IN THE SENATE OF THE UNITED STATES
December 11, 2019
Ms. McSally (for herself and Ms. Sinema) introduced the following bill; which was read twice and referred to the Committee on the Judiciary
To establish a pilot program waiving the Form I–94 document issuance requirement for certain Mexican nationals.
This Act may be cited as the
Southwest Tourism Expansion Act.
Temporary waiver of Form I–94 border crossing cards and extension for certain Mexican nationals
The Secretary of Homeland Security shall waive the requirement to issue a Arrival-Departure Record Card (commonly known as
Form I–94) as evidence of admission to the United States for any national of Mexico who—
is eligible for admission to the United States as a nonimmigrant;
is exempt from—
the visa and passport requirement pursuant to section 212.1(c)(1)(i) of title 8, Code of Federal Regulations; or
the Form I–94 requirement under section 235.1(h) of such title; and
is admitted at a port of entry in the State of Arizona that is on the international border between the United States and Mexico for the purpose of visiting the State of Arizona for a period not to exceed 30 days.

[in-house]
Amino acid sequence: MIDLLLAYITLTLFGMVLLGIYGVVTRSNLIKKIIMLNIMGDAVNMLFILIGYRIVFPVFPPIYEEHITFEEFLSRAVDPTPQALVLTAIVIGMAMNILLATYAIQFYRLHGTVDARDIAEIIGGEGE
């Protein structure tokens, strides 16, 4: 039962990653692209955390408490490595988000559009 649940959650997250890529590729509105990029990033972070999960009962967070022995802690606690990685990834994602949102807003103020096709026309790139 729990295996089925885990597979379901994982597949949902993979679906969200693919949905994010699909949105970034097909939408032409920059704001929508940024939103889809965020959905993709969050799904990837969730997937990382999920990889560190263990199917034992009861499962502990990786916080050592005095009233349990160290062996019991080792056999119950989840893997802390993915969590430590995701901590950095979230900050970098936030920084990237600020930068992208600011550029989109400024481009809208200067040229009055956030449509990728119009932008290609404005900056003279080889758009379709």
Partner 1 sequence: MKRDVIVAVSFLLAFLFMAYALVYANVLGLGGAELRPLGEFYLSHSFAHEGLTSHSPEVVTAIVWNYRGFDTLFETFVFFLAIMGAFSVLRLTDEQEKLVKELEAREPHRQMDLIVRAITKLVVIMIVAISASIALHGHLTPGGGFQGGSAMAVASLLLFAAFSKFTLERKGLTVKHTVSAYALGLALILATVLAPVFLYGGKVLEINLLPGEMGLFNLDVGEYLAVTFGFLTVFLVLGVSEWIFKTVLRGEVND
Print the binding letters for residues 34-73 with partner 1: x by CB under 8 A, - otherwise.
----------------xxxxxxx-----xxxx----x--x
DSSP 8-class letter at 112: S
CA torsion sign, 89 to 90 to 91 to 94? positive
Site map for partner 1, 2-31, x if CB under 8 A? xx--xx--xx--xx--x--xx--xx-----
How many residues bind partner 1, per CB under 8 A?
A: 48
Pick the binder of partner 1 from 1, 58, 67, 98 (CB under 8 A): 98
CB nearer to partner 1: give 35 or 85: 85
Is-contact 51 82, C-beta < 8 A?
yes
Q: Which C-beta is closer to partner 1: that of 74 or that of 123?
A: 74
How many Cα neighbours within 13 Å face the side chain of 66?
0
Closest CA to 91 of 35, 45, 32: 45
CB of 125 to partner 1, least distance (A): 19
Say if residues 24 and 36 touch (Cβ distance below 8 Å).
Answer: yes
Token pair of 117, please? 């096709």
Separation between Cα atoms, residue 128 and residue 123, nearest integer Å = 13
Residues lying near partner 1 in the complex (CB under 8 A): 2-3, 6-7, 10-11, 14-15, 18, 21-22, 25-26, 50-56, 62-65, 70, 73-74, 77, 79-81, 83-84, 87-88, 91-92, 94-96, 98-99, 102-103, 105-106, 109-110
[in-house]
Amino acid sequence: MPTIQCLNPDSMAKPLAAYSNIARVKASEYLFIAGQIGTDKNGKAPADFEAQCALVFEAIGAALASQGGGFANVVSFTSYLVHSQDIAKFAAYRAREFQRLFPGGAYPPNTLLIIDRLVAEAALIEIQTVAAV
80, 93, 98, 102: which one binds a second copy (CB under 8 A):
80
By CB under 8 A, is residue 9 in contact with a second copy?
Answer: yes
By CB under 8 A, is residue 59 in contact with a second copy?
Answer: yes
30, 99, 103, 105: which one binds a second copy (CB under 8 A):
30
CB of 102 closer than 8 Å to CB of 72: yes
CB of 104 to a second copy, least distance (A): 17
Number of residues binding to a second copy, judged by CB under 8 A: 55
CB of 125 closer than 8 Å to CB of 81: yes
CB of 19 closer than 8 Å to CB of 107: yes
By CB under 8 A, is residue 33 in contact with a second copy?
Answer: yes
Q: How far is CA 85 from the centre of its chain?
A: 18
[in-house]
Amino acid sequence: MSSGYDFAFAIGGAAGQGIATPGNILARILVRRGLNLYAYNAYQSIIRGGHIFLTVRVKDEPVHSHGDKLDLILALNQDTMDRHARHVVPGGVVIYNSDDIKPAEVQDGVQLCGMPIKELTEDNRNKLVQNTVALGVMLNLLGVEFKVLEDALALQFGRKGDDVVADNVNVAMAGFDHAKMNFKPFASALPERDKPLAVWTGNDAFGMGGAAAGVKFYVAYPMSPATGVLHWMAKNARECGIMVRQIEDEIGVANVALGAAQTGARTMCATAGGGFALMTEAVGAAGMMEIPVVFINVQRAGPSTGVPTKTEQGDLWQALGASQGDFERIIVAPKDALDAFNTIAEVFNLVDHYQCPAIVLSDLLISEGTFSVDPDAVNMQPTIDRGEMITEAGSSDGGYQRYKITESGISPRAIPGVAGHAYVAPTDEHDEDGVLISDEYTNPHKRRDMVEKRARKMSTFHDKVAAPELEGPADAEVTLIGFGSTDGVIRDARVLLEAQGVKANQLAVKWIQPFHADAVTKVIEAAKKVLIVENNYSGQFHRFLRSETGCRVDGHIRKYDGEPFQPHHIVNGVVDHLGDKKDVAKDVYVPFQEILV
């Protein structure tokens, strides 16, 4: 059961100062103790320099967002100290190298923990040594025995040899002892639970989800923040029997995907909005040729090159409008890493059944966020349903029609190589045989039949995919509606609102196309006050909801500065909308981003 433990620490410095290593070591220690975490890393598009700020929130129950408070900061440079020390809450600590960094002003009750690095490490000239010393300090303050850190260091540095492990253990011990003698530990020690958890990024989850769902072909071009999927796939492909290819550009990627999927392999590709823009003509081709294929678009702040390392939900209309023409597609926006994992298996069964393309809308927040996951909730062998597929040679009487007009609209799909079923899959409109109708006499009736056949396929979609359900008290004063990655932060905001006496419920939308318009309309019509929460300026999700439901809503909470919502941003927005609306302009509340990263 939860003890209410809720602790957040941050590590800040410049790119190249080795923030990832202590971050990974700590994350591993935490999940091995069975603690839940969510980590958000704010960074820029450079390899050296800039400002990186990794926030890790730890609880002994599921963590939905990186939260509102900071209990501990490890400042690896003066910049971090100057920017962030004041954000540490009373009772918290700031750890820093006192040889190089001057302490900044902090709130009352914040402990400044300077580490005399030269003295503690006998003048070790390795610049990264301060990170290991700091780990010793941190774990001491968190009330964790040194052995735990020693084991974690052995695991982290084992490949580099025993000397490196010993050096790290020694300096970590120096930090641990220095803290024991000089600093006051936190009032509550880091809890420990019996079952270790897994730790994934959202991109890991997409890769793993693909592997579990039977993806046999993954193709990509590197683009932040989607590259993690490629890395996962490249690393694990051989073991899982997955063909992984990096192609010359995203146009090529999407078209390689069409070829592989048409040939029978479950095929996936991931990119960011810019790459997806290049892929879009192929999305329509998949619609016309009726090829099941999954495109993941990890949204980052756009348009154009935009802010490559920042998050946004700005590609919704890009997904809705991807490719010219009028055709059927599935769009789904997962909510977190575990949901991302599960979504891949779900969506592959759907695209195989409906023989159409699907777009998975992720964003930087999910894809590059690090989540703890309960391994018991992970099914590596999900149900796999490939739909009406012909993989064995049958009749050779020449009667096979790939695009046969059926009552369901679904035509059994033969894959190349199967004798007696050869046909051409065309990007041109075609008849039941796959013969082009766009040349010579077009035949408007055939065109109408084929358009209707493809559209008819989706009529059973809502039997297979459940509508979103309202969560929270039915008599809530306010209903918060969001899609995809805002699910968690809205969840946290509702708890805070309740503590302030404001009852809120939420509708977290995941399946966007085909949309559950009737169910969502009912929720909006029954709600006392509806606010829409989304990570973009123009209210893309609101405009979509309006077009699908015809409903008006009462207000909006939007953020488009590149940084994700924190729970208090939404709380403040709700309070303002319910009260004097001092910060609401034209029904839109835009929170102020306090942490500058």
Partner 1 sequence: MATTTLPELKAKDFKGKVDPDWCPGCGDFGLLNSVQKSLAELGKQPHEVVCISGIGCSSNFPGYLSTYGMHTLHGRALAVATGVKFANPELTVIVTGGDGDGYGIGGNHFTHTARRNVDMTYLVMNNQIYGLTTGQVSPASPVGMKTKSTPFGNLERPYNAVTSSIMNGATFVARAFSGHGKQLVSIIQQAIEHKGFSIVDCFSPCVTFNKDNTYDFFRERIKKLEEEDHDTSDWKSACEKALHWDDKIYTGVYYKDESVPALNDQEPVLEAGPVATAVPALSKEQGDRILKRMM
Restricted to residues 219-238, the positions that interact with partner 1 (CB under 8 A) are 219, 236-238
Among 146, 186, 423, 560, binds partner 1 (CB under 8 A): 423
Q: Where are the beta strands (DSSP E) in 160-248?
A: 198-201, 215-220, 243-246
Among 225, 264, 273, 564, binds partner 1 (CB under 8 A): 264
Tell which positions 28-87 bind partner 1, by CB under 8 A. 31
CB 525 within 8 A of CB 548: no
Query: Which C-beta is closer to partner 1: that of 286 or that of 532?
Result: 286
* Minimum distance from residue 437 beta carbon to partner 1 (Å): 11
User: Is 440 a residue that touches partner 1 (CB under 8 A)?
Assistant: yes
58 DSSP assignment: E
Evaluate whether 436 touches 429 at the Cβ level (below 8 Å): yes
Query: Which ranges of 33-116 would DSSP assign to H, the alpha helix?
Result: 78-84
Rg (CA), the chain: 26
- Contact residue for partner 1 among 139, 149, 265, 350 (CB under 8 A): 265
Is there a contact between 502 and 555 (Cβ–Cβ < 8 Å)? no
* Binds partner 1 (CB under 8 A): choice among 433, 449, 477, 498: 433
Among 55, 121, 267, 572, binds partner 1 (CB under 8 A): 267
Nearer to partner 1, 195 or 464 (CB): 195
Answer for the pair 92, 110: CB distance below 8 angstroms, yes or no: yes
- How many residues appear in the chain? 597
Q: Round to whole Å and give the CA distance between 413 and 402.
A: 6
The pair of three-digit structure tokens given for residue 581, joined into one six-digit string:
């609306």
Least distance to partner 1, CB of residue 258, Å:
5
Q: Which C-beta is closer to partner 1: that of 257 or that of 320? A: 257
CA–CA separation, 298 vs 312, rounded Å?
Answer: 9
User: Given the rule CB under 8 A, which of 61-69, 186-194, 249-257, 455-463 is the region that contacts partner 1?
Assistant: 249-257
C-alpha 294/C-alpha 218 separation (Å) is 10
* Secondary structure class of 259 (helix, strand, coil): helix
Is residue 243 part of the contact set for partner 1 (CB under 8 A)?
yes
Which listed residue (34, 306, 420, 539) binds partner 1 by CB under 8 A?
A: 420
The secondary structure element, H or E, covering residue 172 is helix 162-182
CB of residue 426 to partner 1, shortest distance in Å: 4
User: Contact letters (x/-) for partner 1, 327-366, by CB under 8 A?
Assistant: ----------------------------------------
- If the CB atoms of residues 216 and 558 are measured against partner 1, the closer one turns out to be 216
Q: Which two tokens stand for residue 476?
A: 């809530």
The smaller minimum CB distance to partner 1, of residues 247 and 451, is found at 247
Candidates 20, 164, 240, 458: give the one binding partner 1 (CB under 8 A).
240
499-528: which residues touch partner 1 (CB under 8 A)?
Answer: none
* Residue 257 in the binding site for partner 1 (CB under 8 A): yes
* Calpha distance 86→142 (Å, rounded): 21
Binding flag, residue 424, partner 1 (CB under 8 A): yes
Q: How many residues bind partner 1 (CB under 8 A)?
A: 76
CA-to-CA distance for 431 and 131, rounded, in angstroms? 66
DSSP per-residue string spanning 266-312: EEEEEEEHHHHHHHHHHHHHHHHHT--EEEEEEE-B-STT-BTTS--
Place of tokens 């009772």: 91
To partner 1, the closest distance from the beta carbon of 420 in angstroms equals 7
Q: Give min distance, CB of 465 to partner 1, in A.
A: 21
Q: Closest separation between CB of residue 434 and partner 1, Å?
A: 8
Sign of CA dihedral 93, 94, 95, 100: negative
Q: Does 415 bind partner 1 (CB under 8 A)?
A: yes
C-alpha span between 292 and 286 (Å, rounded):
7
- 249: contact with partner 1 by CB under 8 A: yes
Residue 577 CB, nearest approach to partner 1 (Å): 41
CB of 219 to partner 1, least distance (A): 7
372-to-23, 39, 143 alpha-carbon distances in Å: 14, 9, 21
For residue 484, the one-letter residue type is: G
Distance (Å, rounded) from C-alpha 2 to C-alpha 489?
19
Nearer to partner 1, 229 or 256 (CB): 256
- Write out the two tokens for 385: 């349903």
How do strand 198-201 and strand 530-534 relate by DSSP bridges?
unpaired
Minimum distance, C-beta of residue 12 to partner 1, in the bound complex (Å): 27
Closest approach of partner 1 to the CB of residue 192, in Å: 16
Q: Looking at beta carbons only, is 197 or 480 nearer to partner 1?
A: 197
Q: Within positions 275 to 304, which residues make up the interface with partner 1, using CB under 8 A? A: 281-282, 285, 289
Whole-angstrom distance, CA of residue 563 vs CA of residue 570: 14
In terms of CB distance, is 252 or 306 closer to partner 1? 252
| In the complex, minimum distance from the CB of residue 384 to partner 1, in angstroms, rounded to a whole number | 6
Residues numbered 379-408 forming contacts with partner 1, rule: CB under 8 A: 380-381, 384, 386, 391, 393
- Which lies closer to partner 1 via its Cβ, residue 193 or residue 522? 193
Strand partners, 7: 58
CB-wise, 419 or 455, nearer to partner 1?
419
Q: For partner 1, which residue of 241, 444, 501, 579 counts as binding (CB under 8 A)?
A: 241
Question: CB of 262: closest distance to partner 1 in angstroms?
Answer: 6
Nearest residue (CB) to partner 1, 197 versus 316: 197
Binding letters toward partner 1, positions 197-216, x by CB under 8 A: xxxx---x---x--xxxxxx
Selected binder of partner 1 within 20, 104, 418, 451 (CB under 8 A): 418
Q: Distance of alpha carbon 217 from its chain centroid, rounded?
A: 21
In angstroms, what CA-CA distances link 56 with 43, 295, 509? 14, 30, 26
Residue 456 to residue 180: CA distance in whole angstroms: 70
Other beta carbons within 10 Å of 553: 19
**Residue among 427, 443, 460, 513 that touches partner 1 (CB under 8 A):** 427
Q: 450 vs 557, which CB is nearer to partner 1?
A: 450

This section shall remain in effect during the 5-year period beginning on the date of the enactment of this Act.
Not later than 270 days before the end of the 5-year period referred to in section 2(b), the Secretary of Homeland Security shall submit a report to the Committee on Homeland Security and Governmental Affairs of the Senate, the Committee on the Judiciary of the Senate, the Committee on Homeland Security of the House of Representatives, and the Committee on the Judiciary of the House of Representatives that identifies—
the difference between the number of Mexican nationals who entered the United States at a port of entry in the State of Arizona during the first 4 years of the 5-year period referred to in section 2(b) and the number of such entries during such 4-year period;
the estimated economic impact on Arizona generated by the additional Mexican nationals visiting the State;
the difference between the number of Mexican nationals who overstayed their visa after entering the United States through a port of entry in the State of Arizona during the first 4 years of the 5-year period referred to in section 2(b) and the number of such overstays during such 4-year period; and
the improvements to border security and the cost savings realized by U.S. Customs and Border Protection as a result of the waiver under section 2(a), which reduced the number of personnel needed to process Form I–94 documents and using a portion of such savings to enhance law enforcement functions.